Americans pitch in to help Harvey victims

Cyclone Harvey viewed from space
This message sent out by Greenpeace (USA) Executive Director, Annie Leonard, spells out the extent of the disaster brought about by Hurricane Harvey (cyclone) and the impact that this has had on many people caught up in its fury. Australians are also familiar with what nature can dish out and the realisation that as and severe. Hearts go out to all those who are suffering because of Harvey.

Overcrowded shelters. Thousands stranded by floodwaters. Hazardous chemicals released from Gulf Coast oil facilities — the list seems endless. Hurricane Harvey has affected tens of thousands of lives, and we’re only at the beginning of finding out the full impact.

Over the past few days, it has been inspiring to see the response by community members, first responders, and frontline organizations to Hurricane Harvey. If there is hope in this ongoing crisis, it’s in being reminded that in times of great challenge, communities across the nation can be depended upon to show up and help. We are all in this together — that’s why it is so critical for the Greenpeace family to stand with people facing the storm’s impacts.

The human impacts of Hurricane Harvey have been staggering, and our greatest concern is for the people struggling in its aftermath. Coastal Texas and the wider Gulf region are on the frontlines of sea level rise and extreme weather heightened by climate change, as well as the toxic threats posed by fossil fuel infrastructure. We know that climate change made Harvey more deadly. As global temperatures increase, sea level rise and extreme weather becomes an even bigger threat to communities at home and around the world.

Stopping the worst effects of climate change should be a top priority of the Trump administration. Instead, the administration refuses to even acknowledge the problem exists, is allowing more climate changing pollution, and is putting more communities in harm’s way.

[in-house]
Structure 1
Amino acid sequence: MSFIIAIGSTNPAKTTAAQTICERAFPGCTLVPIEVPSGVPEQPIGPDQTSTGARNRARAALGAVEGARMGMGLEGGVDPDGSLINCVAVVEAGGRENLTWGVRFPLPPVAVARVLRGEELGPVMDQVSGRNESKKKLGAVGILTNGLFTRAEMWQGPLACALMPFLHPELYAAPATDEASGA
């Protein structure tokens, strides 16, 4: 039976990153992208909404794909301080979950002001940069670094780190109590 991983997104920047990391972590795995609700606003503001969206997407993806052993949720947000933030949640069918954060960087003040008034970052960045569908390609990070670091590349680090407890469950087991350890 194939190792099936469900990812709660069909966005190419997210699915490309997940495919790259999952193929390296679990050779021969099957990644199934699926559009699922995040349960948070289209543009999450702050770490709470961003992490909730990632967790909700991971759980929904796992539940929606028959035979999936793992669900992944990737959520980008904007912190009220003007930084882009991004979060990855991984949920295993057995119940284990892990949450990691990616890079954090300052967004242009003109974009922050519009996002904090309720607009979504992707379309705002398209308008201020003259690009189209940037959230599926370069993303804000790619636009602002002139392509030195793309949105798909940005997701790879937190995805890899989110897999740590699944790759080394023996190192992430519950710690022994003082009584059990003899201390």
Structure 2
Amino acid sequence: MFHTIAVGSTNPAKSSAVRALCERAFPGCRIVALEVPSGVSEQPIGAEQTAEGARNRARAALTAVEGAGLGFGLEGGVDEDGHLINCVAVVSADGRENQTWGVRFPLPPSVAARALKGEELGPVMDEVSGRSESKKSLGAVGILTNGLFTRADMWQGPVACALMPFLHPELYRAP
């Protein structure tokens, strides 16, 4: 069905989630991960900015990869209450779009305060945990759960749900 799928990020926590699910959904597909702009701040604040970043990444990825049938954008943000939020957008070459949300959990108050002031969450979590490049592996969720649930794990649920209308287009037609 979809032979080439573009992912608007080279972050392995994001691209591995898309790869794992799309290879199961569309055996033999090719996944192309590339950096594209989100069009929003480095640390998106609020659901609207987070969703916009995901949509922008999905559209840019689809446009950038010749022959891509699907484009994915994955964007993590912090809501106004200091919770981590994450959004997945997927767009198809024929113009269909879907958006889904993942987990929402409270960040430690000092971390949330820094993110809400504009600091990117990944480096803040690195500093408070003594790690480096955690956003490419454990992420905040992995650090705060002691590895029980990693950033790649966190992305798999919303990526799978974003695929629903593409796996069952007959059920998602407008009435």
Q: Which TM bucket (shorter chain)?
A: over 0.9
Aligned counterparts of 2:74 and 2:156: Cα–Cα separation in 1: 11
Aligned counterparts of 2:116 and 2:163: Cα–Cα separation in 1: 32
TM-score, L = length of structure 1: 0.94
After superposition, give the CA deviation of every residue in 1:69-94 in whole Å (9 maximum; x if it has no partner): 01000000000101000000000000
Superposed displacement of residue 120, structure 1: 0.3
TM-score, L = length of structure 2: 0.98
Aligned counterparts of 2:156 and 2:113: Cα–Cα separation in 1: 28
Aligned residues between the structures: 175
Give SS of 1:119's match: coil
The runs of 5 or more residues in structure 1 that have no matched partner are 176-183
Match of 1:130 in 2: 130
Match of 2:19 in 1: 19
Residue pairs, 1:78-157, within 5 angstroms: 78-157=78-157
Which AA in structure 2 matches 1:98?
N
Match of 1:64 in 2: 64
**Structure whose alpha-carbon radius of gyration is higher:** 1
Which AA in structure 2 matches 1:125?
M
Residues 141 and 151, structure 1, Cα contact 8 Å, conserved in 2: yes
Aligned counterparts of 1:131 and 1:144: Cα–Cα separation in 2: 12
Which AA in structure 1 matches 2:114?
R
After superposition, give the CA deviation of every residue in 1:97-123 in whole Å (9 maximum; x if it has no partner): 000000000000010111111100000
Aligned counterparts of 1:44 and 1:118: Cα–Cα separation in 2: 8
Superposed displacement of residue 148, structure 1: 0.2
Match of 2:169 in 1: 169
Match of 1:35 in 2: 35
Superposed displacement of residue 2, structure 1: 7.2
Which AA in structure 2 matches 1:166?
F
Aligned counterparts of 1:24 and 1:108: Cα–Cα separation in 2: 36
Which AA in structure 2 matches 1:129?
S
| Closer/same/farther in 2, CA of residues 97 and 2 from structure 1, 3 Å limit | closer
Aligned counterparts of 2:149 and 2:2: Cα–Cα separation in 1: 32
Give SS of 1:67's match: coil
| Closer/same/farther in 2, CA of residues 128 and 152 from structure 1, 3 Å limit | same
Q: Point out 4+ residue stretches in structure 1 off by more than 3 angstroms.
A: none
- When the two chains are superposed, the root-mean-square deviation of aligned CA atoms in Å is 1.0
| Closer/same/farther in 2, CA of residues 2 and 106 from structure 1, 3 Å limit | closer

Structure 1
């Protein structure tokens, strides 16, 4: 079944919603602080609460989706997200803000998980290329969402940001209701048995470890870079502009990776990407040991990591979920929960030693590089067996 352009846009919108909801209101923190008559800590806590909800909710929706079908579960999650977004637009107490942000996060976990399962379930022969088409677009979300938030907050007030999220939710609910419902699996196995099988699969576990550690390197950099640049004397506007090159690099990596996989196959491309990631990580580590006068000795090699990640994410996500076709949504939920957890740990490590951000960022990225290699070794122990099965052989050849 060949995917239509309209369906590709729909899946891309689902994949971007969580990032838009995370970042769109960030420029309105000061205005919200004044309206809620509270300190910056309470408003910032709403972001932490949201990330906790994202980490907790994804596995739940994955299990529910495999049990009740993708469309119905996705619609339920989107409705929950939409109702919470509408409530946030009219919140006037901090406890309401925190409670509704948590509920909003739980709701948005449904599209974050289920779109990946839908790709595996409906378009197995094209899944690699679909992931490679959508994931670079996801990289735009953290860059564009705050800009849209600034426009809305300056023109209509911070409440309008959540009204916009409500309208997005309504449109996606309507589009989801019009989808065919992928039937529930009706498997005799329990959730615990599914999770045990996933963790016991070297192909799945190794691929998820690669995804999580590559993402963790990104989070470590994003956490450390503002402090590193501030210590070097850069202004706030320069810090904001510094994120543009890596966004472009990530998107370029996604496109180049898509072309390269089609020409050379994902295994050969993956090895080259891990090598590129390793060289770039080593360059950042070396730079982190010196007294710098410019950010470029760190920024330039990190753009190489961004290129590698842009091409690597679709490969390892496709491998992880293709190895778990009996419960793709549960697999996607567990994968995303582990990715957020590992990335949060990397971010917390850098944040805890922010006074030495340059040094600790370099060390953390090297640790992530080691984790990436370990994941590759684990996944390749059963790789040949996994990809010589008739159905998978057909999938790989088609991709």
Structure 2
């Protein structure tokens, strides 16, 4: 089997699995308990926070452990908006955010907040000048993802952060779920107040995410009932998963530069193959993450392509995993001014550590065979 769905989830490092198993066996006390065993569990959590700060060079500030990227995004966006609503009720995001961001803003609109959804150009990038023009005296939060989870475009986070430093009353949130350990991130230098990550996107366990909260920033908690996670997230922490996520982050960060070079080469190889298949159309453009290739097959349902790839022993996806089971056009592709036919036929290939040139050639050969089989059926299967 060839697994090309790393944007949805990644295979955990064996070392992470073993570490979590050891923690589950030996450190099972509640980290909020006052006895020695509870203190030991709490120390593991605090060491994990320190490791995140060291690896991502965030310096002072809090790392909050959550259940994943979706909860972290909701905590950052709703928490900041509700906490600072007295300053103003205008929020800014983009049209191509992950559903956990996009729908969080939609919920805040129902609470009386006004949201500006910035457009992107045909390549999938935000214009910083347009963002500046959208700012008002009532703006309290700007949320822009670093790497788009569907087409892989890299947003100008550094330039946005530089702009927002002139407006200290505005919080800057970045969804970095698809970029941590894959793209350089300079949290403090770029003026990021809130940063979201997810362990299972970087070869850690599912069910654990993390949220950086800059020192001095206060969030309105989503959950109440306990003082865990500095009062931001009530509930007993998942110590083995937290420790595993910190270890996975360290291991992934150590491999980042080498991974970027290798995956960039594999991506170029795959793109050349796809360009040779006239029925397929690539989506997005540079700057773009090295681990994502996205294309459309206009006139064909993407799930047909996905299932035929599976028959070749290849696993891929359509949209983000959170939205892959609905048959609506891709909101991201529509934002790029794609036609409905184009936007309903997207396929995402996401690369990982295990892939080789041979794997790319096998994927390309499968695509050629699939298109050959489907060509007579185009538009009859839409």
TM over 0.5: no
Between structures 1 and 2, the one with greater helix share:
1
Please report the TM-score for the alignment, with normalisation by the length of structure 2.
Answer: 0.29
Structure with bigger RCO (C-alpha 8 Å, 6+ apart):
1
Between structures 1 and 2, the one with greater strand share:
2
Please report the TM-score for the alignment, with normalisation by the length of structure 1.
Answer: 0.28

Harvey shows that a policy of denial and willful ignorance results in structural injustice. Poorer communities and people of color often have less means to evacuate, live in neighborhoods with worse flooding4, live closer to damaged fossil fuel facilities releasing hazardous chemicals, and tend to have fewer resources for recovery, including backup housing and flood insurance.

Trump and his enablers must be held accountable for not only refusing to do the basics to stop climate change in the future, but also for refusing to protect coastal communities from the climate change-fueled disasters right now.

We must continue our fight against the fossil fuel industry and the climate change-denying Trump Administration. And we must push for a different future — one built on clean, renewable energy with safe secure jobs. It’s not just important, it’s imperative, for people and the planet.

For people affected by this disastrous storm, a long, hard road lies ahead. We have to start now to ensure an equitable recovery, one that brings relief and comfort to all.

Mother and child brought to safety

More victims being rescued

Rescuing victims in Houston

The storm destroyed homes

Shelter for evacuees

 

 

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